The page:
AppleInsider is supported by its audience and may earn commission as an Amazon Associate and affiliate partner on qualifying purchases. These affiliate partnerships do not influence our editorial content.
The Geekbench report, which can be seen in its entirety here, was submitted on February 4th and subsequently spotted by a MacRumors forum member. It lists the model as a MacBook Pro 6,1 — a previously unused MacBook Pro identifier — running an unreleased build of Mac OS X 10.6.2 labeled 10C3067.
More specifically, the chip that registered inside the unreleased MacBook Pro is the Core i7 M 620, which represents the highest-performance chip announced as part of Intel's new Arrandale mobile offerings last month.
Overall, the unannounced system garnered a score of 5260, which compares quite favorably to a high score of roughly 4620 for the existing top-of-the-line 17-inch 3.06GHz Intel Core 2 Duo MacBook Pro, and a score of 4260 for the existing 2.8GHz Core 2 Duo model.
If not the result of a custom hack, these findings suggest that the MacBook Pro responsible for the this week's Geekbench score may represent a high-end 15- or 17-inch model that Apple plans to introduce to the market shortly. The Mac Maker has been rumored to adopt Arrandale microprocessors to further its professional notebook line, though previous reports have focused around the machines adopting the Core i5 line of processors.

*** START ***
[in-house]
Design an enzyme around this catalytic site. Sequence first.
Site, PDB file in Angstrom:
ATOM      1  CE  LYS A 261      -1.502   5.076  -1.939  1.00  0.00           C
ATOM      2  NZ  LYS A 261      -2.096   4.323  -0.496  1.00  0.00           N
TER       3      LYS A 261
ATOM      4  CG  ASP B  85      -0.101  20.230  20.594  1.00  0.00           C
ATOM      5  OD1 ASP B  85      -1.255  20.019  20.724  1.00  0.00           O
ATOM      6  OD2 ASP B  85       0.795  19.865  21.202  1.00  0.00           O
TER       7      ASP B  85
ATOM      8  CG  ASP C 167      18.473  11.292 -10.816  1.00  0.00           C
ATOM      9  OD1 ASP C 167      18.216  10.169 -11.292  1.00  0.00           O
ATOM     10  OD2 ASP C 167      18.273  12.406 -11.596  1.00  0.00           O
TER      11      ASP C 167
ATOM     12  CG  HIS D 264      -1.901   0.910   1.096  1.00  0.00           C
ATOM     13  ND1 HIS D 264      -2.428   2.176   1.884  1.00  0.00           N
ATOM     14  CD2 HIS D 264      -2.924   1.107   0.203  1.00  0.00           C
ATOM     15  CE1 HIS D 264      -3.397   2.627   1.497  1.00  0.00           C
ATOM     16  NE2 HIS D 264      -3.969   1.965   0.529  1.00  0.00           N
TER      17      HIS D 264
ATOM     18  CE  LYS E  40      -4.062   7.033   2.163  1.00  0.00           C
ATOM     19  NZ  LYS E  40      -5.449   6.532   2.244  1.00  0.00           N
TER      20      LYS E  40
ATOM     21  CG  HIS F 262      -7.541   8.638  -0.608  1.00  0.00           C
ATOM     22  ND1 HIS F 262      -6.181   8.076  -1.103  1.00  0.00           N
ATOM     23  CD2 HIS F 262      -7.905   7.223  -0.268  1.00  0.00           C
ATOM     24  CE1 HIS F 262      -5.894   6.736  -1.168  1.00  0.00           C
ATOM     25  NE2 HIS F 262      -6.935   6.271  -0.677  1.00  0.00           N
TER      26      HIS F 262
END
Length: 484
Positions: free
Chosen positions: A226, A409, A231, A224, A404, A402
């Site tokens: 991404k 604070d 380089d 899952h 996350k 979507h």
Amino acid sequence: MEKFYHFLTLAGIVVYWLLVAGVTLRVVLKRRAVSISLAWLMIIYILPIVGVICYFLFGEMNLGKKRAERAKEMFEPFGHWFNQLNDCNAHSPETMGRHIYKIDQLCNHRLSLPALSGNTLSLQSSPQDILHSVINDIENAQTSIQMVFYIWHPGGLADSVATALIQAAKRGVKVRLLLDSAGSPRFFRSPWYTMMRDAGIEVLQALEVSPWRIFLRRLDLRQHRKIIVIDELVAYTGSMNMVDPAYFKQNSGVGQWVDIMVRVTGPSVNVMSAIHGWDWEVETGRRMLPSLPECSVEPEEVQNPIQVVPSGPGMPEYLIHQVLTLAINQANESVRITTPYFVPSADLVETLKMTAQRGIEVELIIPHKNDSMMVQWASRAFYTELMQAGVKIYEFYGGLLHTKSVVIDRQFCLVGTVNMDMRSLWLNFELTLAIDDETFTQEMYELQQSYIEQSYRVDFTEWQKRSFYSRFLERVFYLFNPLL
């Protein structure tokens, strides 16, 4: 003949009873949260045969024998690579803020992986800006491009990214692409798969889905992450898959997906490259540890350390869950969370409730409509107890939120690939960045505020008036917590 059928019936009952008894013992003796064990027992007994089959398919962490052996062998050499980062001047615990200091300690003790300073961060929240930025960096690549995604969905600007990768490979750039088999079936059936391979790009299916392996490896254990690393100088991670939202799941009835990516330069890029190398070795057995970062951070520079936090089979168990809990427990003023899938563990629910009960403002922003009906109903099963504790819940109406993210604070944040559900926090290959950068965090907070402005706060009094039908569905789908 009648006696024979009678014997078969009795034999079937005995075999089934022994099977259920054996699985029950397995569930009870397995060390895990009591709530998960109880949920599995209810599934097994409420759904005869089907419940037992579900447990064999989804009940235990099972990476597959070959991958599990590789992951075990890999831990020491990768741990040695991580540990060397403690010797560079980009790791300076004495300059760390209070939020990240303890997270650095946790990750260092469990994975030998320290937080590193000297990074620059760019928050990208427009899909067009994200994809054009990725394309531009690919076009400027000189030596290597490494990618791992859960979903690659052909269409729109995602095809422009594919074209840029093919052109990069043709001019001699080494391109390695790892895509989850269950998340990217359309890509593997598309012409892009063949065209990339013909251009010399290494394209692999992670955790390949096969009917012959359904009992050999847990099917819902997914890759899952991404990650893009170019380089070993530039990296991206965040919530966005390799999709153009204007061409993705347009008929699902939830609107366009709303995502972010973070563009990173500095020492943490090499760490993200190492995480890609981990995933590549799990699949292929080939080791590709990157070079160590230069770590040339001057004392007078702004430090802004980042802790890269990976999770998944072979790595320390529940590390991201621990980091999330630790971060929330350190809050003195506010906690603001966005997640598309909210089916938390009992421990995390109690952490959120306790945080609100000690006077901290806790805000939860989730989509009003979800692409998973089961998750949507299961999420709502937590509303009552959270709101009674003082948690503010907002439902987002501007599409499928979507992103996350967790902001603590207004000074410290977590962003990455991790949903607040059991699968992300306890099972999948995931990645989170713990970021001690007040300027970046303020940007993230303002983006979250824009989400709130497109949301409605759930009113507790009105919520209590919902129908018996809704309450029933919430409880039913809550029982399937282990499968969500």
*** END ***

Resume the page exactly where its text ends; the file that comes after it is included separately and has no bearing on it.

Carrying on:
For instance, Intel last month accidentally issued an email to its Retail Edge program offering partners a chance to win a forthcoming MacBook Pro based around a new Core i5 processor. The world's largest chipmaker later claimed the promotion was an error, though somewhat unconvincingly.
Assuming the aforementioned benchmarks aren't the result of a one-off custom hack, it's reasonable to presume Apple may use a combination of Core i5 and Core i7 chips to power its forthcoming MacBook Pro refresh, starting with the 2.26GHz (430M) or 2.4GHz (520M) Core i5 variants on the low end, stepping up to 2.53GHz (540M) Core i5 on the mid-range model, and maxing out with the 2.66GHz 620M Core i7 on the high-end offerings.
The Core i7 chips include 4MB of Level 3 cache while the Core i5s include 3MB of Level 3 cache. Both processor lines offer 2x DDR3-1066 memory, as can be seen in the charts above.